How to Be Positive When Life Feels Negative

Have you ever had a moment when you imagined your life as a movie? If so, was it focused on the unfortunate hardships you’ve faced? Or was it a series of challenges you’ve overcome?

Many studies have been done about how we view ourselves and our interactions with others, but the foundation for human dynamics often comes back to psychiatrist Stephen Karpman, MD. Karpman observed that there are three main roles in the majority of human interactions – victim, persecutor/perpetrator, and rescuer. Collectively, he referred to these three as the “Drama Triangle.” The short version is that a victim encounters a persecutor (could be a person or circumstance) and in turn, feels powerless. As a result, he/she seeks out a rescuer (could be a person or some form of escape or addiction). In this triangle – the big question is, whose fault is it? The victim feels powerless, escaping fault, the rescuer supports that mindset, and the persecutor blames the victim.

What if we shift the focus from fault to empowerment? David Emerald is the author of The Power of TED (The Empowerment Dynamic), which offers an alternative triangle – one where we embrace the assertion that we can make choices that positively impact our lives. In this triangle, you have a creator as the central role. This individual recognizes they are in control of their responses and actions and, therefore can deal with their reality AND have a goal of a life they’re working toward. Creators encounter challengers (could be a person or circumstance), who provide an opportunity for the creator to improve skills, make tough decisions and do whatever it takes to achieve a dream. Creators seek out coaches (think professional, or trusted friend or family member). Coaches motivate creators to dream big and are there to help them find the appropriate steps to move forward toward those dreams. TED offers purpose, power, and compassion – which in turn give us a higher quality of life and more fulfilling relationships.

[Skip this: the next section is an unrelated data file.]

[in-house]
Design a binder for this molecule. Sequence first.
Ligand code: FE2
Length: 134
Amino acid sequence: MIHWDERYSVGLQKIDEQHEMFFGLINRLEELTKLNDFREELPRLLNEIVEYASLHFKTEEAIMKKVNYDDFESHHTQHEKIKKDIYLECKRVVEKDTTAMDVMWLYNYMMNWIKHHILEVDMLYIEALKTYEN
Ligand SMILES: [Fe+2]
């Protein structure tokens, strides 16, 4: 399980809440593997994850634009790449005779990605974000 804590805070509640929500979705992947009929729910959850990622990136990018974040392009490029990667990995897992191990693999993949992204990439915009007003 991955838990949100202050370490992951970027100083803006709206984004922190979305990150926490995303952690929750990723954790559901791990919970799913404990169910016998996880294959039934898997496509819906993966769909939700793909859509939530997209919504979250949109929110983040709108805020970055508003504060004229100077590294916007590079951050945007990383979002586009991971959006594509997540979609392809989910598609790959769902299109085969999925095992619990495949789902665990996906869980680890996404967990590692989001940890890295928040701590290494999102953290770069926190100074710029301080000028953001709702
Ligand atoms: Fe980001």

How do we get there? Self-awareness. The next time you face a tough situation or find yourself involved in office or family drama – take a moment and think about the role you’re in and the role you want to play. Here are a few ways you can change the language to embrace a new role.

  • If you want to move from victim to creator:
    • I choose to…
    • I take responsibility for my part in this.
    • I’m learning ______ from this difficult situation.
  • If you want to move from persecutor to challenger:
    • I believe you are better than this.
    • This is clearly an opportunity for you to _________.
    • Come back when you have a solution.
  • If you want to move from rescuer to coach:
    • What is it that you really want?
    • What do you see as your options?
    • What can you choose to do to improve this situation?

You have the power to decide your next step – what will you choose?

*Excerpts taken from lessons from the Integral Learning Program [ILP] through the Stagen Leasdership Academy.